BURBIDGE, GEORGE WHEELOCK, lawyer, civil servant, judge, and author; b. 6 Feb. 1847 in Cornwallis Township, N.S., third of four sons of Arnold Shaw Burbidge and his first wife, Lydia Amelia Eaton; m. 5 Feb. 1873 Alice E. Maxwell in Saint John, N.B., and they had at least six children; d. 18 Feb. 1908 in Ottawa.
Unlike most lawyers of his day, George Wheelock Burbidge began his career with a university education: he read classics at Mount Allison Wesleyan College, receiving a ba in 1867 and an ma three years later. Called to the New Brunswick bar in 1872, he soon became a partner in the Saint John law firm of Harrison and Burbidge and a leader at the bar. In addition to his routine tasks, Burbidge was secretary of the commission which drafted the 1877 edition of The consolidated statutes of New Brunswick. He also prepared an index of the statutes in force as of 1878, and he was co-author, with William Pugsley*, of the New Brunswick Reports from 1877 to 1882.
On 23 May 1882 Burbidge was appointed federal deputy minister of justice, having been recommended by the departing incumbent, Zebulon Aiton Lash*. Soon after his arrival in Ottawa he became de facto head of the commission which produced the monumental Revised statutes of Canada. He himself drafted a bill in 1884 to codify the criminal law for this work, but although Sir Alexander Campbell*, the minister of justice, tabled the draft in the Senate, he declined to introduce it as a bill because it would have complicated and perhaps have precluded the enactment of the revised statutes.
The statutes were published in 1886, and would have appeared a year earlier but for Burbidge’s involvement in a major court case: in 1885 he had been required to assemble and lead the prosecution team in the trial of Louis Riel*. His behaviour throughout shows that he was biased against the defendant. He was largely, if not wholly, responsible for arranging that Riel alone among the accused was charged under the mediaeval English statute of treasons, which made the death penalty mandatory in case of conviction, rather than under the Canadian treason-felony statute, which provided for life imprisonment. Moreover, he ensured that the trial was moved from Winnipeg to Regina, where conditions favoured the crown lawyers. He was also the guiding hand behind the actual prosecution. By contrast, in 1884 he had displayed fairness by giving strong support to a recommendation by Sir Matthew Baillie Begbie*, chief justice of British Columbia, that the federal government disallow a bill enacted by the British Columbia legislature which barred Chinese subjects of the crown from purchasing, inheriting, or otherwise acquiring crown land. His position as deputy minister led him to appear in several other important legal cases. For example, he had conducted the unsuccessful federal government appeal in the Supreme Court and to the Judicial Committee of the Privy Council in the liquor licensing case of Hodge v. the Queen in 1883 [see Sir Oliver Mowat].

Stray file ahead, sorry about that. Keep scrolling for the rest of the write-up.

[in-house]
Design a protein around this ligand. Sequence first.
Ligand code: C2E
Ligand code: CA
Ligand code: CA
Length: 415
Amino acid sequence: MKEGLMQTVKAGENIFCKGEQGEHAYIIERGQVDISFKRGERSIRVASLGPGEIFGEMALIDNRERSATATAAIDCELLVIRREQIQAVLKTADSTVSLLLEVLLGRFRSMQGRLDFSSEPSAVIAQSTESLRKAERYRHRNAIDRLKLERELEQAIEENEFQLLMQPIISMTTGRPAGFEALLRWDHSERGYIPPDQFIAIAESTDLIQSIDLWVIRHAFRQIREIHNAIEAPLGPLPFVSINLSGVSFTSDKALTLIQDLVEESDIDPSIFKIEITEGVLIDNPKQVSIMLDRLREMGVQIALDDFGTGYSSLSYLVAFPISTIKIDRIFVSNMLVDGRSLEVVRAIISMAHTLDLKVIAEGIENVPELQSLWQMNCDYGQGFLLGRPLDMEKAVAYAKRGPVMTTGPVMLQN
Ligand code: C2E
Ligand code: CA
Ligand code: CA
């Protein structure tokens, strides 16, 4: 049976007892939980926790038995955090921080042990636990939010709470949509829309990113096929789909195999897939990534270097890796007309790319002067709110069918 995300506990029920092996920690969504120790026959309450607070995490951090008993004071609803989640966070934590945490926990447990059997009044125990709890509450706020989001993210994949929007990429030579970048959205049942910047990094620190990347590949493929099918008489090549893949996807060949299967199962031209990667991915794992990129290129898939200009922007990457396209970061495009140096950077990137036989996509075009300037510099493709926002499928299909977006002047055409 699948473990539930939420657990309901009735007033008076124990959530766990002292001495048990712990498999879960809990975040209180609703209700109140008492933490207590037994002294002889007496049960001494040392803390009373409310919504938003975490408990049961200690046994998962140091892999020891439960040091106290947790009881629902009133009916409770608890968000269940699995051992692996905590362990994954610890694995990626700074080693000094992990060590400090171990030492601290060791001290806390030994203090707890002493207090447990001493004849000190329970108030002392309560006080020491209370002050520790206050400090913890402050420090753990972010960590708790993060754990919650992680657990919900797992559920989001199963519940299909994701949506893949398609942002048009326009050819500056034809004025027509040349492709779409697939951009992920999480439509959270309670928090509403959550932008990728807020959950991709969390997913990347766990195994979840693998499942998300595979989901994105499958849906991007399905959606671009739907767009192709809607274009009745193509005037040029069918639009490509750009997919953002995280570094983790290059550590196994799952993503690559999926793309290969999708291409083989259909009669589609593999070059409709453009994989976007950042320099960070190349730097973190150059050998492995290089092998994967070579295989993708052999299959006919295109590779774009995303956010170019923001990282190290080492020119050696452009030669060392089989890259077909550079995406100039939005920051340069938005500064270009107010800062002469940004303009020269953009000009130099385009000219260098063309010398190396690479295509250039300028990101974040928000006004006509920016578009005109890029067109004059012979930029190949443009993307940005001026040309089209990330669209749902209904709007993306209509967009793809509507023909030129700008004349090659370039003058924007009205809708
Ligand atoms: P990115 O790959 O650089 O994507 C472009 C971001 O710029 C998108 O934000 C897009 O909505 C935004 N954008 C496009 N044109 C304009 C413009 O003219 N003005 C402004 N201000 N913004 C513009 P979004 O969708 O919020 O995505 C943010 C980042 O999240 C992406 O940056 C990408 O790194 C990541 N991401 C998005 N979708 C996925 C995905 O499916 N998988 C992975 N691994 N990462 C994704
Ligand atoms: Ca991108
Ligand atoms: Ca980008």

On 1 Oct. 1887 Burbidge became the first justice of the Exchequer Court (today the Federal Court). Created in 1875 at the same time as the Supreme Court, the Exchequer Court had been given legal authority of three kinds: original jurisdiction in suits relating to dominion revenues and in those which involved contravention of dominion statutes where the public interest was concerned, concurrent original jurisdiction with provincial tribunals in suits where the crown in right of the dominion was a litigant, and appellate jurisdiction in contested governmental arbitrations. The justices of the Supreme Court had formed a rota to take Exchequer cases, which they heard on an irregular basis in a few major centres.